Defendants Zais Financial and ZFC.2 (Id.)
Fein Such, Plaintiff claims that the law firm “has a 3/4 min
video on Youtube for doing fraudulent documents on mortgages
[that] are now being used by [Defendant ZFC] in it’s (sic)
These include “using false signers,” “using a notary to sign
off on [his] assignment of mortgage,” “using a fraud law firm,”
“wrongful use of M.E.R.S. to sign a mortgage over [to him],” and
“having fraud papers of [his] original note.” (Ex. A to Compl.)
default management processes.” (Id. at 9.)
Plaintiff seeks to
“recover damages and civil penalties arising from the false
claims and false statements made by the defendants.” (Id. at Ex.
The Complaint asserts this Court has federal question
subject matter jurisdiction under 28 U.S.C. § 1331 and
supplemental jurisdiction over related claims arising under
state law pursuant to 28 U.S.C. § 1367. (Id. at ¶ II.A and page
8 “Jurisdiction and Venue.”]
Defendants Fay Servicing, Fein Such, and AFC filed their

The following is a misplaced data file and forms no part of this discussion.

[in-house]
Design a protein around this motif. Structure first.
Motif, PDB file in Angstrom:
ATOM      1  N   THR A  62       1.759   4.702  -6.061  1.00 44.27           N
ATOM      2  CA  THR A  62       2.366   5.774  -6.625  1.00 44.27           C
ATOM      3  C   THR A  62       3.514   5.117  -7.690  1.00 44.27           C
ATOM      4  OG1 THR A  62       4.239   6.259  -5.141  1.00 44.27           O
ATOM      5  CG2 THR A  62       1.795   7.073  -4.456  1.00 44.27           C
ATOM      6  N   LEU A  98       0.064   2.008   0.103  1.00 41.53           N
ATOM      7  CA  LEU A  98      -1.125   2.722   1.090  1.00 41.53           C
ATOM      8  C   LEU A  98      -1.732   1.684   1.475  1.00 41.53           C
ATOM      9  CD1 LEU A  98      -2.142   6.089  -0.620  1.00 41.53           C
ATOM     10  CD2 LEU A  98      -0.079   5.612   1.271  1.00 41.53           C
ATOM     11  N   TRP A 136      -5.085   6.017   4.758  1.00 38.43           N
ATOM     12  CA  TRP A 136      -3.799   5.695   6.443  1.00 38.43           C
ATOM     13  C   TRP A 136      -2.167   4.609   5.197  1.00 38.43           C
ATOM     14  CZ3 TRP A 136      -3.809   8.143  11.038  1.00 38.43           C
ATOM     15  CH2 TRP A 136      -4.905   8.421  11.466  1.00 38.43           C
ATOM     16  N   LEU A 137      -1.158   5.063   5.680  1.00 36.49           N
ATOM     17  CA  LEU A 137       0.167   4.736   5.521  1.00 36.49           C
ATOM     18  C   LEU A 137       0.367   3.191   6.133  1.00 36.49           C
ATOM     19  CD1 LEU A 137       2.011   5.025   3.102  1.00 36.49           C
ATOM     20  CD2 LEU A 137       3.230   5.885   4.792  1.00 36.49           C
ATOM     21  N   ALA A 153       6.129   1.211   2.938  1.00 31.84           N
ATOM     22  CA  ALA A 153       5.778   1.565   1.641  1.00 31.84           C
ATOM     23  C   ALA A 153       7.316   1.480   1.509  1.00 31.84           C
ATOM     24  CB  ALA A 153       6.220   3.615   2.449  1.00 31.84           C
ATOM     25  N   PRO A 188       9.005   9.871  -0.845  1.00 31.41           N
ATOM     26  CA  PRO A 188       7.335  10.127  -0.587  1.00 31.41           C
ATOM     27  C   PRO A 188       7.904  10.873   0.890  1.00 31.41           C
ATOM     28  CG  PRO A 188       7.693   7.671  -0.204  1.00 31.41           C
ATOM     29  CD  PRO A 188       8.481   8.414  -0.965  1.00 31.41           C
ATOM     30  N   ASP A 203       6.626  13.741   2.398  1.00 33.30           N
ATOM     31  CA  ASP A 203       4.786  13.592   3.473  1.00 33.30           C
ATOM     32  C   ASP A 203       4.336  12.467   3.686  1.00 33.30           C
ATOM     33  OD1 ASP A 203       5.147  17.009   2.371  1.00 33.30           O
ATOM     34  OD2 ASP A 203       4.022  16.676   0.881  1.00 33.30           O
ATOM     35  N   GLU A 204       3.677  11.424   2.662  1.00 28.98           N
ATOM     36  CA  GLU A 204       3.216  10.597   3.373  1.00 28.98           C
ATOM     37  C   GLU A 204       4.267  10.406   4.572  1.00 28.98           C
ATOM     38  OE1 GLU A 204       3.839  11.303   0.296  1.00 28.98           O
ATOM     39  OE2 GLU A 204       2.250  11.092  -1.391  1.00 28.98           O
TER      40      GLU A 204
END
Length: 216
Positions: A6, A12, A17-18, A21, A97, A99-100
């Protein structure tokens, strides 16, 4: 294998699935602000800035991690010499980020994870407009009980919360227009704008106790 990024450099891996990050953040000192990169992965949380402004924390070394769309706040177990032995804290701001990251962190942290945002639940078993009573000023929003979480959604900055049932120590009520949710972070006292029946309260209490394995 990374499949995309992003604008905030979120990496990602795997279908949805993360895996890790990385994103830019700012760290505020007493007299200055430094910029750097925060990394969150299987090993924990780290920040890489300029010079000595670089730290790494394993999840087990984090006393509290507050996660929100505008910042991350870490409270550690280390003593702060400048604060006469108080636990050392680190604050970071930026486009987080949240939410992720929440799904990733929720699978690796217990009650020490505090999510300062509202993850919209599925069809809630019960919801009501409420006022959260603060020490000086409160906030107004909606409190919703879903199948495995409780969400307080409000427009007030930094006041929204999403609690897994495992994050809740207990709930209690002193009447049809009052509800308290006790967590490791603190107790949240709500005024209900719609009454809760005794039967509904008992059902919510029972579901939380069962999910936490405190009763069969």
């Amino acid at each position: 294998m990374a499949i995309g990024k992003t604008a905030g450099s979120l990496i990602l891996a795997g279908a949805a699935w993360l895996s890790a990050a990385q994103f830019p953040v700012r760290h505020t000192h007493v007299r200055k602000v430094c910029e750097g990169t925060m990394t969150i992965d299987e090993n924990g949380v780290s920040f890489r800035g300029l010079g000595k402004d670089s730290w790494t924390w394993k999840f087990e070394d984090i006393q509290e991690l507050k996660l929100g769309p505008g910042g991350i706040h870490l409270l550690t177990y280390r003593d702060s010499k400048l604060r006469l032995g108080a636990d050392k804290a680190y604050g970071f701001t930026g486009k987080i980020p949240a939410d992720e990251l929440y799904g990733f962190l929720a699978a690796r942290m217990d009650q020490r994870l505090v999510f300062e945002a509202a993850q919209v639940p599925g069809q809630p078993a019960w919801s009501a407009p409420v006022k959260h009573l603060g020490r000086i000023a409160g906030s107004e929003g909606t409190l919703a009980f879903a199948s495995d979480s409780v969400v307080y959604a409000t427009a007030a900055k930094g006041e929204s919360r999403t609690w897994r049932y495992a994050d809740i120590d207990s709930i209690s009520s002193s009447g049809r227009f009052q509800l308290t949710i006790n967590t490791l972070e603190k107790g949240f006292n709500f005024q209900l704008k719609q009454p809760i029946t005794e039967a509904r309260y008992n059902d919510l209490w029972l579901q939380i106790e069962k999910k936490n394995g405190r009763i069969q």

motion to dismiss Plaintiff’s Complaint on May 9, 2016. [Docket
Plaintiff’s opposition to that motion was received on
June 3, 2016. [Docket Item 13.]
Defendants Balfanz, Bischof,
Wachovia, and Wells Fargo filed their motion to dismiss on June
20, 2016 [Docket Item 14], to which Plaintiff filed no
Defendant Moua filed her motion to dismiss on
September 20, 2016 [Docket Item 17], to which Plaintiff likewise
filed no opposition.
Defendant MERS filed its motion to dismiss
on October 11, 2016. [Docket Item 21.]3
Plaintiff filed untimely
and unresponsive an opposition to MERS’ motion to dismiss on
December 8, 2016 [Docket Item 24], as addressed below.4
Defendants Citi, Hood, Smith, Simmons, and Powell have yet to
be served, and the time to do so under Rule 4(m), Fed. R. Civ.
P., namely 90 days after the Complaint was filed, has expired.
4 On October 5, 2016, Plaintiff requested an extension of time to
file his opposition papers against the outstanding motions.